• The spikes make these boot great for snow, but they’re not insulated, so pair them with some wool socks. The intensity of the spikes also make them impossible to use as everyday footwear.

What Other Reviewers Say

A sizable population of reviewers seem to be outdoor workers in Alaska. One reviewer even expressed that having these boots make him look forward to bad weather.

Given the regions these positive reviews come from, JK is on point in claiming these boots are ideal for loggers, as well as timber rafters, arborists, and harvesters.

I have the JK O.T. and the JK Climber, and both boots are incredible.

The Verdict

JK Caulk Logger is an excellent outdoor worksite boot, and nothing more. The construction is super secure and its high-grip steel spiked soles are ideal for changing terrain.

Best Spiked Sole
JK Boots Custom Caulk Logger
Get $20 OFF with code BOOTSPY

JK Boots is an exciting up and coming work boot brand that makes some of the most sturdy, durable boots in the world. And you can even customize your boots with specific leathers and features. Their Caulk Logger is the best in the game.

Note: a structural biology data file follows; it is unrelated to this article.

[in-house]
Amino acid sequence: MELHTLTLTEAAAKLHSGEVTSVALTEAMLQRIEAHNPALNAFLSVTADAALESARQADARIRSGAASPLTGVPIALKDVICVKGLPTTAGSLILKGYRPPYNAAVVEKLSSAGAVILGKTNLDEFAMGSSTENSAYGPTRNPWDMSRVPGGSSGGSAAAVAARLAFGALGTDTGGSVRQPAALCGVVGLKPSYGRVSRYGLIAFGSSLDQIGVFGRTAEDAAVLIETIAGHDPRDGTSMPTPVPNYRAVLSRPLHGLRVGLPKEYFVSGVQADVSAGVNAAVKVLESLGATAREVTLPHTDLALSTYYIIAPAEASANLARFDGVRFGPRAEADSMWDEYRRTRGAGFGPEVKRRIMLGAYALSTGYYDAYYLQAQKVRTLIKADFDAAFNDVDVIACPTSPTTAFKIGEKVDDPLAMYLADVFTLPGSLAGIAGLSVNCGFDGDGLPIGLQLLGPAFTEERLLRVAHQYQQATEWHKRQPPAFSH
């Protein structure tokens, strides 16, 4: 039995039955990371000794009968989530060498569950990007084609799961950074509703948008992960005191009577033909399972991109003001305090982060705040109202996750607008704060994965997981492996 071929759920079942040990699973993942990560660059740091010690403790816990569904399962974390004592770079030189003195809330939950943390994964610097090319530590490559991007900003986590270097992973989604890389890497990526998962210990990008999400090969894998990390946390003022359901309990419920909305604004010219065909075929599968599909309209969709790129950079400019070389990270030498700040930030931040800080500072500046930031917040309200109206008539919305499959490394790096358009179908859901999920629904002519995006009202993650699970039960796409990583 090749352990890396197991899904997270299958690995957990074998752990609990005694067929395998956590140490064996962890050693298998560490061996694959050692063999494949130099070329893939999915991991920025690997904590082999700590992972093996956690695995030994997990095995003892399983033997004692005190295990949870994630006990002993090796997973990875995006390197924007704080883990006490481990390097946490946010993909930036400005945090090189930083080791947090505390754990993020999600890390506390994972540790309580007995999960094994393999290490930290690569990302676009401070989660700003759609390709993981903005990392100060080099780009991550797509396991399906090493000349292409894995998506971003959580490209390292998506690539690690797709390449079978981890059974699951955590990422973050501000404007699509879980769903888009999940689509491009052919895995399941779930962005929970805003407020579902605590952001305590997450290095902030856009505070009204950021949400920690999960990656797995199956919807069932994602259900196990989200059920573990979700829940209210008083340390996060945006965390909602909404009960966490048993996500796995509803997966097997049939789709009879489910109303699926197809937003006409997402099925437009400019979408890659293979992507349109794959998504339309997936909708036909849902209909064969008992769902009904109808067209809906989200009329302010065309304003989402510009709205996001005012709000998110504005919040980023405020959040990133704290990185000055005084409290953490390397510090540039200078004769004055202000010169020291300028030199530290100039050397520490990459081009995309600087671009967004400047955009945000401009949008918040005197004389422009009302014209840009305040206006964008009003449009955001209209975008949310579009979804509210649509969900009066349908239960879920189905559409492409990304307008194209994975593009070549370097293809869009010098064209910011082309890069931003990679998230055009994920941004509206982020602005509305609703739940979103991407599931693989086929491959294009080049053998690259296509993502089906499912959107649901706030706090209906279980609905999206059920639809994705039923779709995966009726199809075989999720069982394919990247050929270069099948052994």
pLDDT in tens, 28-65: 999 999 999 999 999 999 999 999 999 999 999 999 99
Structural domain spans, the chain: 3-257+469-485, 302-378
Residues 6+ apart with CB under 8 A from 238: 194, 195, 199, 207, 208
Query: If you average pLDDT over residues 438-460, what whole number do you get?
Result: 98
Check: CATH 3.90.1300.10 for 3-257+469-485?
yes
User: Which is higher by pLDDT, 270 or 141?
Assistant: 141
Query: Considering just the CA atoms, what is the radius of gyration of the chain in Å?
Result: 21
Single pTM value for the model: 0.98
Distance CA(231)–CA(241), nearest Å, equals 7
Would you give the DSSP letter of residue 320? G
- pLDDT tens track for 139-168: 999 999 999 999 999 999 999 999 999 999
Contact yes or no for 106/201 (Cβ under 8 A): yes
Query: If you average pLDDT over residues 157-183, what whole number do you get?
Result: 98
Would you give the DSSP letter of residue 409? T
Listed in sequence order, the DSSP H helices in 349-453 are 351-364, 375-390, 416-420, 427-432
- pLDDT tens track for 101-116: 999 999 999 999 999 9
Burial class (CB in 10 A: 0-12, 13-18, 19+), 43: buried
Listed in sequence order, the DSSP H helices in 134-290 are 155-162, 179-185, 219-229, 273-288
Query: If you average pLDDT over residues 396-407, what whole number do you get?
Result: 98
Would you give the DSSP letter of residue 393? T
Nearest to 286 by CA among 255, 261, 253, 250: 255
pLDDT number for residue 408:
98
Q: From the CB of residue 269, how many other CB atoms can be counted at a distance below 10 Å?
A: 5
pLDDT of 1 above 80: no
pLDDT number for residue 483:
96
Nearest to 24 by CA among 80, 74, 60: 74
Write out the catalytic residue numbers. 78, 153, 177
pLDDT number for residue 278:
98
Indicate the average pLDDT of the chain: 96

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Best Low Heel: Georgia Low Heel Logger

Best Low Heel
Georgia Low Heel Logger

If you can’t operate comfortably with a higher heel, then the Georgia Low Heel Loggers are for you. There are enough extra features to ensure the traction and grip that is typically lost with a lower-heeled work boot are still there.

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A logger boot with a low heel can be just as safe and effective as a traditional logger boot if you add the right extra features. The Georgia Low Heel Logger provides just that for workers who have a hard time with higher boots.

If the added weight of a higher heel causes you stability issues, then all the safety features in the world won’t help you. This can also extend your break-in period.

The Georgia Low Heel solves these problems since most of the sole touches the ground and the pressure is spread more evenly. This is important for guys sensitive to higher heels because it decreases potential pain in your legs and back.

To make up for the shorter heel, the Vibram sole of these Georgias are made with oil and slip-resistant material. The back of the boot, above your heel and on your ankle, features a counter lock system that Georgia made especially for heel stabilization.

What I Like

  • The lower heel and simpler treads track much less dirt and mud than a higher heel boot does.

  • The lower heel also makes the boot more versatile and easily worn in everyday casual occasions.